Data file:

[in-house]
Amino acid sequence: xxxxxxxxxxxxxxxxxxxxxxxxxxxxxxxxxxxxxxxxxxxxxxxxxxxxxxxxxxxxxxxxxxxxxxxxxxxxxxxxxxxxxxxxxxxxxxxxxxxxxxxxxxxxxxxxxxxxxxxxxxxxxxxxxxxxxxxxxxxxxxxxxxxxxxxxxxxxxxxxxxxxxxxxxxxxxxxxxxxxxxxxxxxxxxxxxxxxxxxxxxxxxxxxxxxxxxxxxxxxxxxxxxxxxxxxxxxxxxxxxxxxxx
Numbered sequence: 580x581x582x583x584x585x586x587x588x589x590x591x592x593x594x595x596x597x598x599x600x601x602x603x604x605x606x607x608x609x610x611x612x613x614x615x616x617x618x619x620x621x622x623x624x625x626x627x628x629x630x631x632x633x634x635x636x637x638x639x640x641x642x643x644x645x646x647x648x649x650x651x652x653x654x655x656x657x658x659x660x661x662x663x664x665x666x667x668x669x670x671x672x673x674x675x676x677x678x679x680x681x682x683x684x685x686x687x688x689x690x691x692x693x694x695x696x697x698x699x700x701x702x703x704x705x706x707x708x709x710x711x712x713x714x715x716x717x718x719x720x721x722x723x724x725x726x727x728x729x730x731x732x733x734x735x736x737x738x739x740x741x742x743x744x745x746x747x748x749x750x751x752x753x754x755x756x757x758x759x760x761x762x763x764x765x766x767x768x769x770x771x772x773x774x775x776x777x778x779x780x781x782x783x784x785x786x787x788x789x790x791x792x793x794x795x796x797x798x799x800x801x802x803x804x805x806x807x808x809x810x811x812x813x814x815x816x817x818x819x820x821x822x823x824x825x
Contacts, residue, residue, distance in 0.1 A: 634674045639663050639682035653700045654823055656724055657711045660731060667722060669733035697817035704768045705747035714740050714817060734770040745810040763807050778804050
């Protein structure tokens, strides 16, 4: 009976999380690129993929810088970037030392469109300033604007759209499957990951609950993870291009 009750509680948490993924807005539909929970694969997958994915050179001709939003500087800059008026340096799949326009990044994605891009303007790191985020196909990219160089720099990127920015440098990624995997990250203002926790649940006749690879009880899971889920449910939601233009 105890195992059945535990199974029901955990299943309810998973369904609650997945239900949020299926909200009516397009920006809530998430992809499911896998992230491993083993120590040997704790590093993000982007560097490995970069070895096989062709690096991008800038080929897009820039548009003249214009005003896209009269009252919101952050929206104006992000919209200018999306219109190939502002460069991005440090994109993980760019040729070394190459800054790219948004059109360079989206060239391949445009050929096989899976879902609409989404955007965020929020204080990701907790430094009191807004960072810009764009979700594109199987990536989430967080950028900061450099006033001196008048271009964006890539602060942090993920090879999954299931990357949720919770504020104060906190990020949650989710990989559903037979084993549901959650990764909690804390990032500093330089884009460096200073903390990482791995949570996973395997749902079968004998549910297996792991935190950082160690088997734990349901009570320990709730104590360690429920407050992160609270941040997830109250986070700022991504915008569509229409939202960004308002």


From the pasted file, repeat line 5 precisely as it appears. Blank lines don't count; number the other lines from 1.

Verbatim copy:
């Protein structure tokens, strides 16, 4: 009976999380690129993929810088970037030392469109300033604007759209499957990951609950993870291009 009750509680948490993924807005539909929970694969997958994915050179001709939003500087800059008026340096799949326009990044994605891009303007790191985020196909990219160089720099990127920015440098990624995997990250203002926790649940006749690879009880899971889920449910939601233009 105890195992059945535990199974029901955990299943309810998973369904609650997945239900949020299926909200009516397009920006809530998430992809499911896998992230491993083993120590040997704790590093993000982007560097490995970069070895096989062709690096991008800038080929897009820039548009003249214009005003896209009269009252919101952050929206104006992000919209200018999306219109190939502002460069991005440090994109993980760019040729070394190459800054790219948004059109360079989206060239391949445009050929096989899976879902609409989404955007965020929020204080990701907790430094009191807004960072810009764009979700594109199987990536989430967080950028900061450099006033001196008048271009964006890539602060942090993920090879999954299931990357949720919770504020104060906190990020949650989710990989559903037979084993549901959650990764909690804390990032500093330089884009460096200073903390990482791995949570996973395997749902079968004998549910297996792991935190950082160690088997734990349901009570320990709730104590360690429920407050992160609270941040997830109250986070700022991504915008569509229409939202960004308002």